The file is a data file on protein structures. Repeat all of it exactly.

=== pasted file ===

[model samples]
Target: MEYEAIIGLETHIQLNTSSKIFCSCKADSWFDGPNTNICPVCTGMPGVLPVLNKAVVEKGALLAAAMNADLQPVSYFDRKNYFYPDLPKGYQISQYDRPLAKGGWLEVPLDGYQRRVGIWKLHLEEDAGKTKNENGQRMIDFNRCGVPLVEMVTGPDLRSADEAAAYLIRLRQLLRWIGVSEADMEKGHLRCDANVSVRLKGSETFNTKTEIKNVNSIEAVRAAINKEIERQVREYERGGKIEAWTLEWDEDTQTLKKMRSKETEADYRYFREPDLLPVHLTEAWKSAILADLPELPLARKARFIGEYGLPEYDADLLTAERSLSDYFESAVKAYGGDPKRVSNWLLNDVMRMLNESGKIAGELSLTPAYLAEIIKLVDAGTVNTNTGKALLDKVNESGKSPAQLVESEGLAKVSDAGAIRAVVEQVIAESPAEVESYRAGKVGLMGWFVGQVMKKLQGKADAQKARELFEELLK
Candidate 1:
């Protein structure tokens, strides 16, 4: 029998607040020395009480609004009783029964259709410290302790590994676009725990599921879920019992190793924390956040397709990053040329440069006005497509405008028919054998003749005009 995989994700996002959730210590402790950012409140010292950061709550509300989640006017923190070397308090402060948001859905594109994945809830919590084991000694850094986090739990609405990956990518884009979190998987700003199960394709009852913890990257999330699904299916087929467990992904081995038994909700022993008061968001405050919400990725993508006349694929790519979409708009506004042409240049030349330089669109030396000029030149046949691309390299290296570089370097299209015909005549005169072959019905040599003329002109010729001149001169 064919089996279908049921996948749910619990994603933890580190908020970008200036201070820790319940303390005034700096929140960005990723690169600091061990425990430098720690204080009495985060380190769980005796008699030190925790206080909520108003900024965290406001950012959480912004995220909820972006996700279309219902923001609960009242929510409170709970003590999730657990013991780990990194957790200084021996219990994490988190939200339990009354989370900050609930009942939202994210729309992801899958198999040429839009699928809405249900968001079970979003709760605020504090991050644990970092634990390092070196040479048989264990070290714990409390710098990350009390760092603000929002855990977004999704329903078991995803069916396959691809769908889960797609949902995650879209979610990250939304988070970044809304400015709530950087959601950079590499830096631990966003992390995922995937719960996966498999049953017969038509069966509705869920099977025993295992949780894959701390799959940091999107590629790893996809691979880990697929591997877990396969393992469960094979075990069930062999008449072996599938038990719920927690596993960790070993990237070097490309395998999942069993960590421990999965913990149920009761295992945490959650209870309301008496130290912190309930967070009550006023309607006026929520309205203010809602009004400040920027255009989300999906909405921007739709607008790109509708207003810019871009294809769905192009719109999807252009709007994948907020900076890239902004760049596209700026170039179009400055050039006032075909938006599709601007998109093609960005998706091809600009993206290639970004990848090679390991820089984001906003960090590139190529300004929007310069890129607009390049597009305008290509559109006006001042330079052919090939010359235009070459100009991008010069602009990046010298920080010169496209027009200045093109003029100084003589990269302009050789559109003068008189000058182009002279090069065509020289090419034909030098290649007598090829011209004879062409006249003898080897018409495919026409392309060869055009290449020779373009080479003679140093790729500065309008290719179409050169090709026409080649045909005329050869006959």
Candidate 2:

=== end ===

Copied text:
[model samples]
Target: MEYEAIIGLETHIQLNTSSKIFCSCKADSWFDGPNTNICPVCTGMPGVLPVLNKAVVEKGALLAAAMNADLQPVSYFDRKNYFYPDLPKGYQISQYDRPLAKGGWLEVPLDGYQRRVGIWKLHLEEDAGKTKNENGQRMIDFNRCGVPLVEMVTGPDLRSADEAAAYLIRLRQLLRWIGVSEADMEKGHLRCDANVSVRLKGSETFNTKTEIKNVNSIEAVRAAINKEIERQVREYERGGKIEAWTLEWDEDTQTLKKMRSKETEADYRYFREPDLLPVHLTEAWKSAILADLPELPLARKARFIGEYGLPEYDADLLTAERSLSDYFESAVKAYGGDPKRVSNWLLNDVMRMLNESGKIAGELSLTPAYLAEIIKLVDAGTVNTNTGKALLDKVNESGKSPAQLVESEGLAKVSDAGAIRAVVEQVIAESPAEVESYRAGKVGLMGWFVGQVMKKLQGKADAQKARELFEELLK
Candidate 1:
């Protein structure tokens, strides 16, 4: 029998607040020395009480609004009783029964259709410290302790590994676009725990599921879920019992190793924390956040397709990053040329440069006005497509405008028919054998003749005009 995989994700996002959730210590402790950012409140010292950061709550509300989640006017923190070397308090402060948001859905594109994945809830919590084991000694850094986090739990609405990956990518884009979190998987700003199960394709009852913890990257999330699904299916087929467990992904081995038994909700022993008061968001405050919400990725993508006349694929790519979409708009506004042409240049030349330089669109030396000029030149046949691309390299290296570089370097299209015909005549005169072959019905040599003329002109010729001149001169 064919089996279908049921996948749910619990994603933890580190908020970008200036201070820790319940303390005034700096929140960005990723690169600091061990425990430098720690204080009495985060380190769980005796008699030190925790206080909520108003900024965290406001950012959480912004995220909820972006996700279309219902923001609960009242929510409170709970003590999730657990013991780990990194957790200084021996219990994490988190939200339990009354989370900050609930009942939202994210729309992801899958198999040429839009699928809405249900968001079970979003709760605020504090991050644990970092634990390092070196040479048989264990070290714990409390710098990350009390760092603000929002855990977004999704329903078991995803069916396959691809769908889960797609949902995650879209979610990250939304988070970044809304400015709530950087959601950079590499830096631990966003992390995922995937719960996966498999049953017969038509069966509705869920099977025993295992949780894959701390799959940091999107590629790893996809691979880990697929591997877990396969393992469960094979075990069930062999008449072996599938038990719920927690596993960790070993990237070097490309395998999942069993960590421990999965913990149920009761295992945490959650209870309301008496130290912190309930967070009550006023309607006026929520309205203010809602009004400040920027255009989300999906909405921007739709607008790109509708207003810019871009294809769905192009719109999807252009709007994948907020900076890239902004760049596209700026170039179009400055050039006032075909938006599709601007998109093609960005998706091809600009993206290639970004990848090679390991820089984001906003960090590139190529300004929007310069890129607009390049597009305008290509559109006006001042330079052919090939010359235009070459100009991008010069602009990046010298920080010169496209027009200045093109003029100084003589990269302009050789559109003068008189000058182009002279090069065509020289090419034909030098290649007598090829011209004879062409006249003898080897018409495919026409392309060869055009290449020779373009080479003679140093790729500065309008290719179409050169090709026409080649045909005329050869006959």
Candidate 2: